Even if you favor traditional franks 'n' beans over tofu hot dogs and edamame, soybeans are still likely to find their way into your home as more companies develop construction and home products with soy-based adhesives, coatings, and plastics.
"Building Better With Soy" is a slogan of the United Soybean Board (USB), a group of farmers funding research into soy technology and promoting new uses for soybeans. "Soy replaces petroleum in products and it's greener; soy is self-sustaining and renewable," says Karen Fear, a farmer from Montpelier, Indiana, and director of the USB. She adds that soy is typically less expensive than petroleum, but soy-based products might be a bit more expensive at retail until they are more widely used.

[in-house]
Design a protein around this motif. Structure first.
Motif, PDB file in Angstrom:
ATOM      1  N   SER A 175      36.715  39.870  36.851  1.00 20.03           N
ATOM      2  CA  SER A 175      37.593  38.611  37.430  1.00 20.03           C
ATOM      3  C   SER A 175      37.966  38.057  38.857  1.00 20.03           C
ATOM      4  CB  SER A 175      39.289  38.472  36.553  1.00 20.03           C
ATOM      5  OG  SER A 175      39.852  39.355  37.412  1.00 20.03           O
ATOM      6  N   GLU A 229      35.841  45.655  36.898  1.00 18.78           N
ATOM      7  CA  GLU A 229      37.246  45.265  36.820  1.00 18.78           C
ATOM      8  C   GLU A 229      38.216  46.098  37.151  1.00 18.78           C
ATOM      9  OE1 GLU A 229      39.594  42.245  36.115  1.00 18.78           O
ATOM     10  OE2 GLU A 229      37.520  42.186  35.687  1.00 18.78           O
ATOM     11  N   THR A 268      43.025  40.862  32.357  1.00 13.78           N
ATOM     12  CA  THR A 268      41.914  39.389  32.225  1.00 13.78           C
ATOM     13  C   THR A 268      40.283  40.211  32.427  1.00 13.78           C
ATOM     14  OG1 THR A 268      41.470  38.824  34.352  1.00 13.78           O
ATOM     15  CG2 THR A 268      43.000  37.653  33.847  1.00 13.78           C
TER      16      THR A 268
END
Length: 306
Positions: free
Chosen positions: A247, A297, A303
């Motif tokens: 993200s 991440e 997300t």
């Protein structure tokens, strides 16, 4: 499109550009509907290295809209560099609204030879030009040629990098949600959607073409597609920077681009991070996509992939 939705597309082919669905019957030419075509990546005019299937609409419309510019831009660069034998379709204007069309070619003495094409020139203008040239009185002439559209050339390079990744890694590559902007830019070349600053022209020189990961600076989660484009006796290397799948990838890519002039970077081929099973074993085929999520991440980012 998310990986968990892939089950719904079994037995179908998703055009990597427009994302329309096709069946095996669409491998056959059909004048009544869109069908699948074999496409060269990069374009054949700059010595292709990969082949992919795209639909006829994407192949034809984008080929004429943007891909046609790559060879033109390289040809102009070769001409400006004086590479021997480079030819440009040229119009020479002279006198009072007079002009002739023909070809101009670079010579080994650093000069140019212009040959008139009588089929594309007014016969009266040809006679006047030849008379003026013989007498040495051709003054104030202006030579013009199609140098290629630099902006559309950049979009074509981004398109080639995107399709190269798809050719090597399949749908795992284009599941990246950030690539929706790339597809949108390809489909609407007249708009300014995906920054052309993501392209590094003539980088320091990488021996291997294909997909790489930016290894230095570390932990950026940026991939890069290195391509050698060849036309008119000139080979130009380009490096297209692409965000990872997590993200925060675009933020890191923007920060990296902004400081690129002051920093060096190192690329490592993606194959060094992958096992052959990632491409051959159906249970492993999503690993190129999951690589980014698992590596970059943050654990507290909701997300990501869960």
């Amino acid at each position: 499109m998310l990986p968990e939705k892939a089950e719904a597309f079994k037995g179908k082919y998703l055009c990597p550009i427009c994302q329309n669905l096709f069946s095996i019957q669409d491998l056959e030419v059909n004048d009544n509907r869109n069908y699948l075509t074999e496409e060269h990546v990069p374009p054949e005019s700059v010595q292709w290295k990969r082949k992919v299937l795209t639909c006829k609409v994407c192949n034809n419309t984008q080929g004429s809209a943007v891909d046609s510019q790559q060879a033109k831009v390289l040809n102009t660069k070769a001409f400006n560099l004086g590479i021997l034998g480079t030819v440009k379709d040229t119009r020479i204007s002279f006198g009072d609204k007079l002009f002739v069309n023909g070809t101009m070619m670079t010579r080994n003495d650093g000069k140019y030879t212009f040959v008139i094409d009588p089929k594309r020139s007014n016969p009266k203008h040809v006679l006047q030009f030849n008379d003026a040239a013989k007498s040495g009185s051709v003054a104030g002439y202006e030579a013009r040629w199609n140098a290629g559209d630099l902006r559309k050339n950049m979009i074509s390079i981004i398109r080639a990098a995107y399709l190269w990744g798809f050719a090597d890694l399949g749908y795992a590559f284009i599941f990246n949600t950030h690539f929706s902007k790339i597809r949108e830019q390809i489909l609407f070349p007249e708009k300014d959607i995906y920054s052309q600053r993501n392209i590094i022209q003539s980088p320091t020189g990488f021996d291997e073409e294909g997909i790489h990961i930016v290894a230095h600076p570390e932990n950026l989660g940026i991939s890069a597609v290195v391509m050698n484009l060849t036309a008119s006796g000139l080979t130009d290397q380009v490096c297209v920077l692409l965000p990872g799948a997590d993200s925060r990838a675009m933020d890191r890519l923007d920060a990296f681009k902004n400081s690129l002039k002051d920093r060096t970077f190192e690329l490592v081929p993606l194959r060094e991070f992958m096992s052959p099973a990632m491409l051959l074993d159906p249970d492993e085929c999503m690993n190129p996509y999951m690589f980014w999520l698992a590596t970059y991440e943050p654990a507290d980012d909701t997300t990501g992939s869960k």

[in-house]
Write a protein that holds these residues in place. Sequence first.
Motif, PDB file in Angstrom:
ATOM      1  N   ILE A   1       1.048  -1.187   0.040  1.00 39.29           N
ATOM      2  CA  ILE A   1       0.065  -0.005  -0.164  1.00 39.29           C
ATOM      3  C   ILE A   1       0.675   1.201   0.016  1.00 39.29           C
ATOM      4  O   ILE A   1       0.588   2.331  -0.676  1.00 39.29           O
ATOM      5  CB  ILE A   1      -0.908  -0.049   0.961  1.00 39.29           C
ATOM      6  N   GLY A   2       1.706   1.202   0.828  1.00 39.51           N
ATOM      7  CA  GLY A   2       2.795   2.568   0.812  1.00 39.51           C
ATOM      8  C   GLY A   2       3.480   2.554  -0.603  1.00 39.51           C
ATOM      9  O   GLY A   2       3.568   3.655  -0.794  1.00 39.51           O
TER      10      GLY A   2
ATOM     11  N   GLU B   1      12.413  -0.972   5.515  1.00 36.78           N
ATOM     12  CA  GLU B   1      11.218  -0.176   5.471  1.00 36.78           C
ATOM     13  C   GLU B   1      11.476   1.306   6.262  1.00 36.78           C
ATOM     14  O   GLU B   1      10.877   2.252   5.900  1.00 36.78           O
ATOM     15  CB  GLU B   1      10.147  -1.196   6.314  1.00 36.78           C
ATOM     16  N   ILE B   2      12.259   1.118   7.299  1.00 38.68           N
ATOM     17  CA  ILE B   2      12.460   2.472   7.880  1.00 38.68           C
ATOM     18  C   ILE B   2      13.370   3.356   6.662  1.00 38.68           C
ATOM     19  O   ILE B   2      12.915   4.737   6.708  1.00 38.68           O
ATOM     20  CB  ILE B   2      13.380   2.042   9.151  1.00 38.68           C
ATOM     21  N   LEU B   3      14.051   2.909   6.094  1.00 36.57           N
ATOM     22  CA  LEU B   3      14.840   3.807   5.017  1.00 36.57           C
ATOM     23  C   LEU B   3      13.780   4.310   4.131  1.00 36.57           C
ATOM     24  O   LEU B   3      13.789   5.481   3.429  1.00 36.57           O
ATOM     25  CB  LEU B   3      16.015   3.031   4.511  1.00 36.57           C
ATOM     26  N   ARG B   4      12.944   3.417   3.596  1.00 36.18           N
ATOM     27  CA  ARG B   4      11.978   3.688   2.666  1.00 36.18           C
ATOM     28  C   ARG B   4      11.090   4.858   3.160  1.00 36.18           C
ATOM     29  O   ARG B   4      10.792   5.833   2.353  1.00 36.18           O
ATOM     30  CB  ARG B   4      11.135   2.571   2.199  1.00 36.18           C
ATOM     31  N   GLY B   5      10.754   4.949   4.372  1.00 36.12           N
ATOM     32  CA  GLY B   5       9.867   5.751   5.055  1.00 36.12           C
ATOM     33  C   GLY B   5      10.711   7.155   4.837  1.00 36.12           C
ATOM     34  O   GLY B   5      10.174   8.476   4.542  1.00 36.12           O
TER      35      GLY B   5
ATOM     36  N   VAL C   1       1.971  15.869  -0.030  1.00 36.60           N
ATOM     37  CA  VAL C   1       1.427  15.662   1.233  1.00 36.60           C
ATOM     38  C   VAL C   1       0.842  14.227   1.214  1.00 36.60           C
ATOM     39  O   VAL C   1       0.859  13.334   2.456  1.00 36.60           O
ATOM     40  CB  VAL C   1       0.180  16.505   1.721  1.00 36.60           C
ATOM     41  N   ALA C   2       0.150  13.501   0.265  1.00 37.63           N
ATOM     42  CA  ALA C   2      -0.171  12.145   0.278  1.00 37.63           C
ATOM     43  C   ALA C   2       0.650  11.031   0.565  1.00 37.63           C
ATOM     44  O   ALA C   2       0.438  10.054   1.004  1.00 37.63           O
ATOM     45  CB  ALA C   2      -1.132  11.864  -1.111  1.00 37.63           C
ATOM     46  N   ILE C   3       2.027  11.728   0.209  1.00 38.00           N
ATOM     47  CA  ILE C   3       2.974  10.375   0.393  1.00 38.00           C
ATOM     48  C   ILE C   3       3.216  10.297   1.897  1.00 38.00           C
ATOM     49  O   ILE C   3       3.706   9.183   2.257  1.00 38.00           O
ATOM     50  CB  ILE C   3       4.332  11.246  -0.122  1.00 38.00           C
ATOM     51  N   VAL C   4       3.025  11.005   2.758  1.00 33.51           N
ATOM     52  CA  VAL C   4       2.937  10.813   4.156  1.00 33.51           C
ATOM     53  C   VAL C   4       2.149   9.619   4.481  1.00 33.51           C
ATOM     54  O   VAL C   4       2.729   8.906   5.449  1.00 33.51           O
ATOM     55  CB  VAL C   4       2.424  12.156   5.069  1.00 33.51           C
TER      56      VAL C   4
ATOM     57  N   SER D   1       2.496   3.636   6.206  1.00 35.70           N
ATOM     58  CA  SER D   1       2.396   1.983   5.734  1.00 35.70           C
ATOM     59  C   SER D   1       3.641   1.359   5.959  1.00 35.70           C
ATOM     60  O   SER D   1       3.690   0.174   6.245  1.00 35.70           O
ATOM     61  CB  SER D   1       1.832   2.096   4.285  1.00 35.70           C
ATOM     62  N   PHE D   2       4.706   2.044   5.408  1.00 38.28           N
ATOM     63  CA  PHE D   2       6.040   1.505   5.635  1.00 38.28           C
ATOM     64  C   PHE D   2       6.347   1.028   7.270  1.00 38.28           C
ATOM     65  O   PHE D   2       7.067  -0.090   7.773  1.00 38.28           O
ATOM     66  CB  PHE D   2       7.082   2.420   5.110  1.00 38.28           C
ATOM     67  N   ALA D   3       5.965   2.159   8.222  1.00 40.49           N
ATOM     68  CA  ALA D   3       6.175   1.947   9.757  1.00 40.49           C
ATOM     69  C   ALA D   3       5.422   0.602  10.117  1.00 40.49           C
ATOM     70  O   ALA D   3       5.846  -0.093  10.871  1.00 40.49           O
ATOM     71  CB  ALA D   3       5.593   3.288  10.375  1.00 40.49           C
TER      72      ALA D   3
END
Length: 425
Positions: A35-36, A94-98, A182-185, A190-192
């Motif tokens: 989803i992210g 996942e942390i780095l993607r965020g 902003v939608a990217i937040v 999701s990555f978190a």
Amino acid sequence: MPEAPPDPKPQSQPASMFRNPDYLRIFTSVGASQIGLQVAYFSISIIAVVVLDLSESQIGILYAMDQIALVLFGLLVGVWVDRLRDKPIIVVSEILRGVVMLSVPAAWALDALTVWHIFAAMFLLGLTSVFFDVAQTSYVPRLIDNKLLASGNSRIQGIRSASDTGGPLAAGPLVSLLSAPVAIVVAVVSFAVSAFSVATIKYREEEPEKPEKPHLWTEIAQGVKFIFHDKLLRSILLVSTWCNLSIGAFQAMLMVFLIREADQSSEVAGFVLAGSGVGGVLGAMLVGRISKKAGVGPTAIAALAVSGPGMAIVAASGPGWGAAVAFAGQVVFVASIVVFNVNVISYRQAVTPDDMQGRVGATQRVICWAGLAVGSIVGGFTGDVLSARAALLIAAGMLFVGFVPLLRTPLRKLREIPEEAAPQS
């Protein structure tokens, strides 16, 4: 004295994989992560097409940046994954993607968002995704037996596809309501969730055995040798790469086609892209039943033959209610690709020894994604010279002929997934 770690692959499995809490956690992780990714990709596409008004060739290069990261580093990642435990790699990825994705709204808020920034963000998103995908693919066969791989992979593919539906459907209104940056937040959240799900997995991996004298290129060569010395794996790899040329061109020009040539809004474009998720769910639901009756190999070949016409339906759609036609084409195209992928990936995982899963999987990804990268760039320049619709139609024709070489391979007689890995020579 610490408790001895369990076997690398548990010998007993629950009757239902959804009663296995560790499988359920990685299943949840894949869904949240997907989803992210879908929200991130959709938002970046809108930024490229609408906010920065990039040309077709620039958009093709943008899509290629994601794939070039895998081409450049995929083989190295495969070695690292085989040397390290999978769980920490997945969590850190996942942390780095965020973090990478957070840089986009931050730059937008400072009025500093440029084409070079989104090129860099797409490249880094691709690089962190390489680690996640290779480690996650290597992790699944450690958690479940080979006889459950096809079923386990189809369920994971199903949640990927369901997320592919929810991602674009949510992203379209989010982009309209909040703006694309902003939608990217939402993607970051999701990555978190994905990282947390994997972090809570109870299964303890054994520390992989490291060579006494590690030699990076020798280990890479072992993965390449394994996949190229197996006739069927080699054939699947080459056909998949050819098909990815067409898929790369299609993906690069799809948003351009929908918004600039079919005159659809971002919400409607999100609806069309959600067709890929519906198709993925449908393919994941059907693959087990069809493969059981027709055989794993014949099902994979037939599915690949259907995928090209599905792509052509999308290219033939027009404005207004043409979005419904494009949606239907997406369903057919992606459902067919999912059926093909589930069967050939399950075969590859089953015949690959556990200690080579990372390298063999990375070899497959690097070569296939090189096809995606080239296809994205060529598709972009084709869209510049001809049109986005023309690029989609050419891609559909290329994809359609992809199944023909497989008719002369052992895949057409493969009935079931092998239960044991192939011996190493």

Henry Ford used soy to make plastic auto panels in 1933 and soy has been used as an adhesive in wood products for more than 70 years. Today, Rust-Oleum, makes soy-based, Zinsser Graffiti Remover & Stripper that the company claims can quickly and easily remove spray paint and ink from surfaces. Sherwin-Williams uses soy-oil resin as the binder in some of its products, including ProClassic XP Alkyd interior semigloss paint and Wood Classics interior stain, and is working on the next generation of soy-based coatings.
At the International Builders' Show, a number of soy-based products are on display, including foam insulation, plywood, paints, stains, plastics, and foam for furniture and carpet backing.—Kimberly Janeway